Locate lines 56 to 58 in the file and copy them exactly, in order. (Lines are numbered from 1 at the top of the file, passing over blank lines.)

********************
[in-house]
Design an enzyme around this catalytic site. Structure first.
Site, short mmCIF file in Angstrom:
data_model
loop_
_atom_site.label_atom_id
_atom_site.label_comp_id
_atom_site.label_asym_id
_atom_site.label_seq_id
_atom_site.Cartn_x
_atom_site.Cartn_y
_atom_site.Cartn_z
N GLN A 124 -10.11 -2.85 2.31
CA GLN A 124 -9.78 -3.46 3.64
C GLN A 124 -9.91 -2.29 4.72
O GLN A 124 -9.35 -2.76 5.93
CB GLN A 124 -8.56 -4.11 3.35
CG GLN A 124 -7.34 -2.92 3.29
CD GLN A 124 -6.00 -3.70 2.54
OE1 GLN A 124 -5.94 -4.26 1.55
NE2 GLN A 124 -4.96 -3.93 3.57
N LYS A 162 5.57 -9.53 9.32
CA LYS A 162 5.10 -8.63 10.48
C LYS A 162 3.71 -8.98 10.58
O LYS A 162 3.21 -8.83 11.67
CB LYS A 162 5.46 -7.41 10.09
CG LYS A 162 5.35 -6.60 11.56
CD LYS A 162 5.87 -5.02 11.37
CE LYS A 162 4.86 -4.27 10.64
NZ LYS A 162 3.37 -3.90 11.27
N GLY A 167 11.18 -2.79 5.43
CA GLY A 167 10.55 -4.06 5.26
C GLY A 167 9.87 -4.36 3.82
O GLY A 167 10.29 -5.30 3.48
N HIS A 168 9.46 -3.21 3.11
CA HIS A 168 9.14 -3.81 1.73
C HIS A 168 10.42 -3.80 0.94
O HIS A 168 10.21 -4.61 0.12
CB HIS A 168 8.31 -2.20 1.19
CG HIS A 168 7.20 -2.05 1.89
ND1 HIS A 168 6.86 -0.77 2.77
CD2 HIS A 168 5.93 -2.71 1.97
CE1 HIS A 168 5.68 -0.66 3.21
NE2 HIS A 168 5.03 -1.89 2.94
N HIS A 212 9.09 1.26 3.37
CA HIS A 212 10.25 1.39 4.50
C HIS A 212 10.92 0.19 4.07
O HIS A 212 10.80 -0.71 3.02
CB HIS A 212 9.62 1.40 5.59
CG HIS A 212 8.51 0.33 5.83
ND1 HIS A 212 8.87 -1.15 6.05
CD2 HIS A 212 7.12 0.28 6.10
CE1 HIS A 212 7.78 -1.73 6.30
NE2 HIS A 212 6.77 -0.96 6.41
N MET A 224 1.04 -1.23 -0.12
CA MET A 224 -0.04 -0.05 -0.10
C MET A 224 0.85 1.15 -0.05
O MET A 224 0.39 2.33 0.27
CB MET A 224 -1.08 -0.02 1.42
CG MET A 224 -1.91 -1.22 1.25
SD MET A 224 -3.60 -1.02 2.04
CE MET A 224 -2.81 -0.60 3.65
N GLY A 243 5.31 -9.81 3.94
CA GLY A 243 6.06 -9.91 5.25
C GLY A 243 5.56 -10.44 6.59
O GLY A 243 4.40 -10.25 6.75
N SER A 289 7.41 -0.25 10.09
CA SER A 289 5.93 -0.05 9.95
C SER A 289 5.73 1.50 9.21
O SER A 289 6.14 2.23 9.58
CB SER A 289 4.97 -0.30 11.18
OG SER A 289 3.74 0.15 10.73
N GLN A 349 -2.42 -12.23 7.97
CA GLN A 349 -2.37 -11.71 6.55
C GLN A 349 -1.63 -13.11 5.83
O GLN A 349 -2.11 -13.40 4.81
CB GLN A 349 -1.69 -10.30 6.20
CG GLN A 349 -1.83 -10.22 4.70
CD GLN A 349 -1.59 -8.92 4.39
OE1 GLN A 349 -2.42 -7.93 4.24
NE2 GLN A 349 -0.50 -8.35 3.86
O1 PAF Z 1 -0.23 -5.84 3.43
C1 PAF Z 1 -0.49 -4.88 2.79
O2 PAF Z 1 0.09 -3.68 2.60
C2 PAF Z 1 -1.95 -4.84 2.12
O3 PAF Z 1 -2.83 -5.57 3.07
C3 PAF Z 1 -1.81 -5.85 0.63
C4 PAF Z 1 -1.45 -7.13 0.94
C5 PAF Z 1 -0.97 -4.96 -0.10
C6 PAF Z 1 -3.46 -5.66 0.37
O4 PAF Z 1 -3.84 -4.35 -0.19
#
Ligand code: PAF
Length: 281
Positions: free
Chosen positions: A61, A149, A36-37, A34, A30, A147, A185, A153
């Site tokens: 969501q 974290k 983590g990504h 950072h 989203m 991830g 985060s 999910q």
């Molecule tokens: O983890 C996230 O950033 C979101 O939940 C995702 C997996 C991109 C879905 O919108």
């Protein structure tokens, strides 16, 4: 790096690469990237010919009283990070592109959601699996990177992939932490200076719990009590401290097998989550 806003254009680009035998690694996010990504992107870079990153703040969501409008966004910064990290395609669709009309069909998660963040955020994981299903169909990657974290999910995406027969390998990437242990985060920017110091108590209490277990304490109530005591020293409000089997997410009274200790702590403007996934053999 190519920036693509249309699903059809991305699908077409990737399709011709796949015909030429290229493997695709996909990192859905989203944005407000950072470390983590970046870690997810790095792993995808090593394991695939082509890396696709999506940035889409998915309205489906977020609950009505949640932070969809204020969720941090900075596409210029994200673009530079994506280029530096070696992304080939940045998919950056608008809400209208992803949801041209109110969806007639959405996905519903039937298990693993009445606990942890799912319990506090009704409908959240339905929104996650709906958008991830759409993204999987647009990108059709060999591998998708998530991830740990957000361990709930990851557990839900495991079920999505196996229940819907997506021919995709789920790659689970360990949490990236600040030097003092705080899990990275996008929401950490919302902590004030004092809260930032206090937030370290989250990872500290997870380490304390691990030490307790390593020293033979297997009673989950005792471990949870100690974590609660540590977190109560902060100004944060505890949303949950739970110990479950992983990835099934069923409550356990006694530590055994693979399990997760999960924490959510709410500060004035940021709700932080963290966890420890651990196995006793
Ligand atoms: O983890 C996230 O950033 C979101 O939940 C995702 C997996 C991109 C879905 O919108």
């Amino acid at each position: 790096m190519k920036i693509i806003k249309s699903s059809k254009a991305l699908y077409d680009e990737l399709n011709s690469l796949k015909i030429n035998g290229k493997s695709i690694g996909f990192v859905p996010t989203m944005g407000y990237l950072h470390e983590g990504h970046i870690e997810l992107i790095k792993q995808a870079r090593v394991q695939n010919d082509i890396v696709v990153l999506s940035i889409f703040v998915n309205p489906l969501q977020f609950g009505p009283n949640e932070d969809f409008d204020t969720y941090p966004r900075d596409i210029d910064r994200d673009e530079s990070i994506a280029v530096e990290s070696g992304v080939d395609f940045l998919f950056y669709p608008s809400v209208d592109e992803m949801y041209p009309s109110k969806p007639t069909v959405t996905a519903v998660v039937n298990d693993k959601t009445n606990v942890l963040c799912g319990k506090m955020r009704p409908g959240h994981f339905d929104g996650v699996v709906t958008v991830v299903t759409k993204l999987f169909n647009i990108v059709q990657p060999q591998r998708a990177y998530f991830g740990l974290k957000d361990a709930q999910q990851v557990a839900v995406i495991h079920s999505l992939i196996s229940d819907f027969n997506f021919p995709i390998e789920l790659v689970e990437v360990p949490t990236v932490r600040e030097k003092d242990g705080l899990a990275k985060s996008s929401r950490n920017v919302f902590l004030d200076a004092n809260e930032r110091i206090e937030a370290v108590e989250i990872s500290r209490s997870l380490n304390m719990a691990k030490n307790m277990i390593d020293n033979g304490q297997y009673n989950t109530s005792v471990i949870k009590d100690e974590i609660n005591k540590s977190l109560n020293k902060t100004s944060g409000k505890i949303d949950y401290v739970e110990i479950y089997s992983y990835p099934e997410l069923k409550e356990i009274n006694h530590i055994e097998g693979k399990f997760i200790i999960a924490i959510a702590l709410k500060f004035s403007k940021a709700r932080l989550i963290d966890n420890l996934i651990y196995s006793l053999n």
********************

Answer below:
CA MET A 224 -0.04 -0.05 -0.10
C MET A 224 0.85 1.15 -0.05
O MET A 224 0.39 2.33 0.27